Social support for me has meant trying to be open with my friends and family, and finding a way to touch base about once a week. I'm the kind of person who has just a few, close friends, and so I make sure that I'm doing things with them. I usually plan to go to lunch or meet up to go somewhere with each of them weekly. It's good for me to have time to talk with them so we can work through anything that's going on in our lives and still have time to shoot the breeze. I also call my family a lot and ask for help. It's sometimes hard to start a conversation about struggles you are going through, but it's important to get the care that you need. Sometimes, I don't even have a good reason to call, but I try to reach out and see if they have anything to offer. For you, I would suggest being open with a few people about what you're going through and try to let them help you out.
Meeting with a therapist for me is almost a must. Even though sometimes the things we talk about don't have a direct effect in my life, the meetings force me to be honest with myself about how I'm doing and brainstorm ways that I can improve. Finding the right therapist is crucial here, since you'll want to find someone who validates your struggles and someone that you feel understands you and has confidence in their being able to help you. If you can't find these things, then you can always ask the therapist if there's anyone else in the office that might be a better fit for you. Having the right therapist can be life-changing. My brother recommended cognitive behavioral therapy for me for some of the things I'm going through, and it sounds like that might help you, too. This therapy is focused on helping people "become aware of inaccurate or negative thinking so [they] can view challenging situations more clearly and respond to them in a more effective way" (source). You can do some research and see if that kind of therapy would help, but definitely explore your options, especially with CAPS and the therapy offered at BYU Comprehensive Clinic (aka the John Taylor building, the one across the street from the Creamery on 9th). BYU students are fortunate to have some therapy available to them, but you might also want to look off campus, depending on the kind of help you are able to find there.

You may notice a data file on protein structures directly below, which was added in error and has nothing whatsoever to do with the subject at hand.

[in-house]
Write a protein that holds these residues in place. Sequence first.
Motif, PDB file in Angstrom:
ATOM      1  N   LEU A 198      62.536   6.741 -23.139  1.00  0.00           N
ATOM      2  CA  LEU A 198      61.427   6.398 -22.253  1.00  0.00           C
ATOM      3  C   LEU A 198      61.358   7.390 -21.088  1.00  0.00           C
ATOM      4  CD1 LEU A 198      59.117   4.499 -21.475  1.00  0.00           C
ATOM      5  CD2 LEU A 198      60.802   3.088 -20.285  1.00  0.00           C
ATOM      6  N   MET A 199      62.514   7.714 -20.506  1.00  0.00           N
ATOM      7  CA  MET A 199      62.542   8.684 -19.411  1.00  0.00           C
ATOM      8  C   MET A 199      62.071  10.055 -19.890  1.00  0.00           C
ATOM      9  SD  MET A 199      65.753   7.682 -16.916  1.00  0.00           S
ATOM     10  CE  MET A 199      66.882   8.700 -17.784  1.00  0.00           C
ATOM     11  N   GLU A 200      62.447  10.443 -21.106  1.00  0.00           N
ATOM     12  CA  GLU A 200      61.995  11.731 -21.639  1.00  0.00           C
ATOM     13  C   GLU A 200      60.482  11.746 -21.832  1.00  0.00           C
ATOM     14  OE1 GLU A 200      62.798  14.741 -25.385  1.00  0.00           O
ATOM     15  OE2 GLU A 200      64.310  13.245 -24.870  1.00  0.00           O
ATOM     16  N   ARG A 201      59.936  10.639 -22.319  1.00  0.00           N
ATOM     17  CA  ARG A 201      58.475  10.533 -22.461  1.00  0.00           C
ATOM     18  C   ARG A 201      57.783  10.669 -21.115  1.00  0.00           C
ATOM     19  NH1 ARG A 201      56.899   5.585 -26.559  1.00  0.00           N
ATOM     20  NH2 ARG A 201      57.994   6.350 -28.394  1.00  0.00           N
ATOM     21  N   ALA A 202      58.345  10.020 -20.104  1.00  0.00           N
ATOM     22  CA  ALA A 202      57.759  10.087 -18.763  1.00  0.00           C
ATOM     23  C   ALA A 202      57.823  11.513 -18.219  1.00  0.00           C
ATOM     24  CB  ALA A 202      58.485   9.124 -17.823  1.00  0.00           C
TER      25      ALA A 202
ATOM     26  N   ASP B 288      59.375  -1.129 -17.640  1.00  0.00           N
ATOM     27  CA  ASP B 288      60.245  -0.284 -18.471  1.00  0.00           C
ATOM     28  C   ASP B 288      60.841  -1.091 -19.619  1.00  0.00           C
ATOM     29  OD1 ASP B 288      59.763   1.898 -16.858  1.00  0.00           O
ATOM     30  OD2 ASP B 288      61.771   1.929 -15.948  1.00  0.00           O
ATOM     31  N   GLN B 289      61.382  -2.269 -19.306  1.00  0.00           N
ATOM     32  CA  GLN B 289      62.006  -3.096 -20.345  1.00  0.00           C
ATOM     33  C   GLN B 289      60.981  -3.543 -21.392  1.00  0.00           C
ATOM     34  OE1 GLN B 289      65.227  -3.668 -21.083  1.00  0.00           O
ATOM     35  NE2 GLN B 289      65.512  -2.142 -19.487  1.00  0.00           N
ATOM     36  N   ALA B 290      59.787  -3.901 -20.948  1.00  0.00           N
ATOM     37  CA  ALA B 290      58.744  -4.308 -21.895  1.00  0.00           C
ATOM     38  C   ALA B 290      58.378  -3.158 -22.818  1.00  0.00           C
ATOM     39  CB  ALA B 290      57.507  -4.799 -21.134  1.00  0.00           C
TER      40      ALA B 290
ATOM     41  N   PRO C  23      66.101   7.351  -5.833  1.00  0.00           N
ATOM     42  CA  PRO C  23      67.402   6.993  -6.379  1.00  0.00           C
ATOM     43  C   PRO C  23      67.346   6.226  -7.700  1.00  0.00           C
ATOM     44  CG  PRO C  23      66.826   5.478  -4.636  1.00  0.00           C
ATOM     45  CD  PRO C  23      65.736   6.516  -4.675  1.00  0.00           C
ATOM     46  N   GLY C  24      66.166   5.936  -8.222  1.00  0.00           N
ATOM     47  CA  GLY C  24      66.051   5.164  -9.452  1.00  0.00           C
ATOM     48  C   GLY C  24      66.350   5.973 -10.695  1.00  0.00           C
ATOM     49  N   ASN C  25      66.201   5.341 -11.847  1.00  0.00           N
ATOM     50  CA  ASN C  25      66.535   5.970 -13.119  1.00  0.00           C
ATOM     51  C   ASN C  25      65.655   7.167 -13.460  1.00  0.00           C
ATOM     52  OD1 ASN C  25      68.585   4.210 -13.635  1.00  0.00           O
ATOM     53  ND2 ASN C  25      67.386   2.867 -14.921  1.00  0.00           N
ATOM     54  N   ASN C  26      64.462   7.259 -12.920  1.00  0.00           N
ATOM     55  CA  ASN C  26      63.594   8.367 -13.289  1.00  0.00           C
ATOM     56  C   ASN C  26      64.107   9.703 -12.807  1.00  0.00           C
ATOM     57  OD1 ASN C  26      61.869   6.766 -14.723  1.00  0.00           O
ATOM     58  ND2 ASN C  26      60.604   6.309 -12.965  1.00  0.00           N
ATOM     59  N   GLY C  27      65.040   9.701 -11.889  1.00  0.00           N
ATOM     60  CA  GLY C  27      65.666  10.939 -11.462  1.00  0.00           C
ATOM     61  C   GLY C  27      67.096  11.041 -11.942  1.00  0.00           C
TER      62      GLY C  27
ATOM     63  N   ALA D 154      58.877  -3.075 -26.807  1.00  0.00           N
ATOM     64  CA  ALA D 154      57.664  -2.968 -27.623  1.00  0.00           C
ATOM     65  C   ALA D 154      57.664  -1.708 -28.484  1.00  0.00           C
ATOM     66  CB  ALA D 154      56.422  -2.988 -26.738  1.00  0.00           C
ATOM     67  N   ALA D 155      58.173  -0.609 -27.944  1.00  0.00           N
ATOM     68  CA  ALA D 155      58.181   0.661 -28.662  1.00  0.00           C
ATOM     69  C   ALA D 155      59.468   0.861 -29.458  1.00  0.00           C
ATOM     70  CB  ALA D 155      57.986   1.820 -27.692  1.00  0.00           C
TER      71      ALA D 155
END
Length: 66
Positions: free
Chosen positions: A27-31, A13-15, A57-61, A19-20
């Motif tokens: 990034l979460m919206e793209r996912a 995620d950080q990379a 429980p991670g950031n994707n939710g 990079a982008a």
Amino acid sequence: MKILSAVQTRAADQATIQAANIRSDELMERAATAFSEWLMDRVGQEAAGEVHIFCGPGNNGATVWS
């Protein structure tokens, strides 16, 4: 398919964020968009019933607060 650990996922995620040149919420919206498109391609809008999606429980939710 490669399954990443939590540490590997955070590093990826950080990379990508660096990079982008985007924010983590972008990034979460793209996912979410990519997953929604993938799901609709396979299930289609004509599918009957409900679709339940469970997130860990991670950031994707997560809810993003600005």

Finding good habits helps me deal with my problems more long-term. I find that for me, being able to function is largely dependent on what time I am trying to get things done, how much sleep I get, and how much exercise I do. I know myself well enough to know that if I stay up after midnight, I will probably will not do very well the next day, and if I get less than 7 to 8 hours of sleep a few days in a row, I probably will fall asleep at some point during the day and my productivity will be shot. Exercise also gives me a lot of energy, and as much as I don't like it, I usually am able to work a lot more effectively on school stuff before noon. Figuring out how do deal with your bouts when they come and possibly even figuring out why they happen will help you be less distracted by them. Also, I would urge you to combat your urges when they come. Work to push back against thoughts and impulses that you don't want in your life. For me, it's sometimes stressful and difficult to go to the gym in the morning, but when I try to actively push back against those feelings and work through my stress to help myself go, it builds my mental strength to continue to do hard things. This won't work for every feeling that you want to push out of your life, but you deserve to be in control of your life, and working on pushing against thoughts and feelings that negatively impact you can go a long way.
tl;dr find people who can support you, get a therapist, figure out what works for you to do to function, and fight against intrusive thoughts and impulses
Best of luck on your journey,